Recent research on the syntax of signed languages has revealed that, apart from some modality-specific differences, signed languages are organized according to the same underlying principles as spoken languages. This book addresses the organization and distribution of functional categories in American Sign Language (ASL), focusing on tense, agreement, and wh-constructions. Signed languages provide illuminating evidence about functional projections of a kind unavailable in the study of spoken languages. Along with manual signing, crucial information is expressed by specific movements of the face and upper body. The authors argue that such nonmanual markings are often direct expressions of abstract syntactic features. The distribution and intensity of these markings provide information about the location of functional heads and the boundaries of functional projections. The authors show how evidence from ASL is useful for evaluating a number of recent theoretical proposals on, among other things, the status of syntactic agreement projections and constraints on phrase structure and the directionality of movement.
Research Methods in Sign Language Studies is a landmark work on sign language research, which spans the fields of linguistics, experimental and developmental psychology, brain research, and language assessment. Examines a broad range of topics, including ethical and political issues, key methodologies, and the collection of linguistic, cognitive, neuroscientific, and neuropsychological data Provides tips and recommendations to improve research quality at all levels and encourages readers to approach the field from the perspective of diversity rather than disability Incorporates research on sign languages from Europe, Asia, North and South America, and Africa Brings together top researchers on the subject from around the world, including many who are themselves deaf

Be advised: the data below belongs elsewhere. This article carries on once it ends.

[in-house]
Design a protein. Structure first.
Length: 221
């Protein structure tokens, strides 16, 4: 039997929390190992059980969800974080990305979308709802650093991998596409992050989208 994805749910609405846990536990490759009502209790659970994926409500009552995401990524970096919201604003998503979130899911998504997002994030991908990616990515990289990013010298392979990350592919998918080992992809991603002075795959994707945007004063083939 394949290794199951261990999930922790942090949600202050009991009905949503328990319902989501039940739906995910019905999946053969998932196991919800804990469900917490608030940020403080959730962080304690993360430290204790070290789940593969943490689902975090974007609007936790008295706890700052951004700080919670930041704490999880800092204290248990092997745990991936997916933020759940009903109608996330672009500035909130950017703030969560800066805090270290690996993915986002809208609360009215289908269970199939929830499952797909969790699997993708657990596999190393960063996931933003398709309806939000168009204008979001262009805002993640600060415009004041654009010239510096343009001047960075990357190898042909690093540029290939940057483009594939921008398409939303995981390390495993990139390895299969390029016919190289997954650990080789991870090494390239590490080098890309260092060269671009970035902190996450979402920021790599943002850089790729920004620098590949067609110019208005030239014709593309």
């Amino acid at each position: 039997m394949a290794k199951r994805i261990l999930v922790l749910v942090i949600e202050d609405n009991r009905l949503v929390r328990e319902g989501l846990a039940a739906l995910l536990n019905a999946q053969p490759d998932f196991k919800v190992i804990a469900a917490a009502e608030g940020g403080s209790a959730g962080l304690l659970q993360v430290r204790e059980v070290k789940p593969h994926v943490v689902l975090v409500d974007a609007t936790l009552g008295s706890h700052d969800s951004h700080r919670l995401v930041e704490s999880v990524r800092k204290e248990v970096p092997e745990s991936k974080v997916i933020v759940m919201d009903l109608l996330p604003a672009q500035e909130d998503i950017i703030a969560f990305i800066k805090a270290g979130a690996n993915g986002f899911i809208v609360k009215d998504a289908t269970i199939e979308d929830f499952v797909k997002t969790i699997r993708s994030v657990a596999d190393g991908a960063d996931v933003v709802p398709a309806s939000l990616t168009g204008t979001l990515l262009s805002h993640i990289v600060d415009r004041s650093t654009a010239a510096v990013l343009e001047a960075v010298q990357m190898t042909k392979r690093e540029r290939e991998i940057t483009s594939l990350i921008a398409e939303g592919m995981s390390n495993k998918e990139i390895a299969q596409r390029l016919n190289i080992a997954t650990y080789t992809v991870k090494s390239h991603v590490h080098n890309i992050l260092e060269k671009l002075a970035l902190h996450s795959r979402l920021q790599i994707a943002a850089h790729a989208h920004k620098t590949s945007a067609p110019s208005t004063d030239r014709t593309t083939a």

In Bilingualism and Bilingual Deaf Education, volume editors Marc Marschark, Gladys Tang, and Harry Knoors bring together diverse issues and evidence in two related domains: bilingualism among deaf learners - in sign language and the written/spoken vernacular - and bilingual deaf education. The volume examines each issue with regard to language acquisition, language functioning, social-emotional functioning, and academic outcomes. It considers bilingualism and bilingual deaf education within the contexts of mainstream education of deaf and hard-of-hearing students in regular schools, placement in special schools and programs for the deaf, and co-enrollment programs, which are designed to give deaf students the best of both educational worlds. The volume offers both literature reviews and new findings across disciplines from neuropsychology to child development and from linguistics to cognitive psychology. With a focus on evidence-based practice, contributors consider recent investigations into bilingualism and bilingual programming in different educational contexts and in different countries that may have different models of using spoken and signed languages as well as different cultural expectations. The 18 chapters establish shared understandings of what are meant by "bilingualism," "bilingual education," and "co-enrollment programming," examine their foundations and outcomes, and chart directions for future research in this multidisciplinary area. Chapters are divided into three sections: Linguistic, Cognitive, and Social Foundations; Education and Bilingual Education; and Co-Enrollment Settings. Chapters in each section pay particular attention to causal and outcome factors related to the acquisition and use of these two languages by deaf learners of different ages. The impact of bilingualism and bilingual deaf education in these domains is considered through quantitative and qualitative investigations, bringing into focus not only common educational, psychological, and linguistic variables, but also expectations and reactions of the stakeholders in bilingual programming: parents, teachers, schools, and the deaf and hearing students themselves.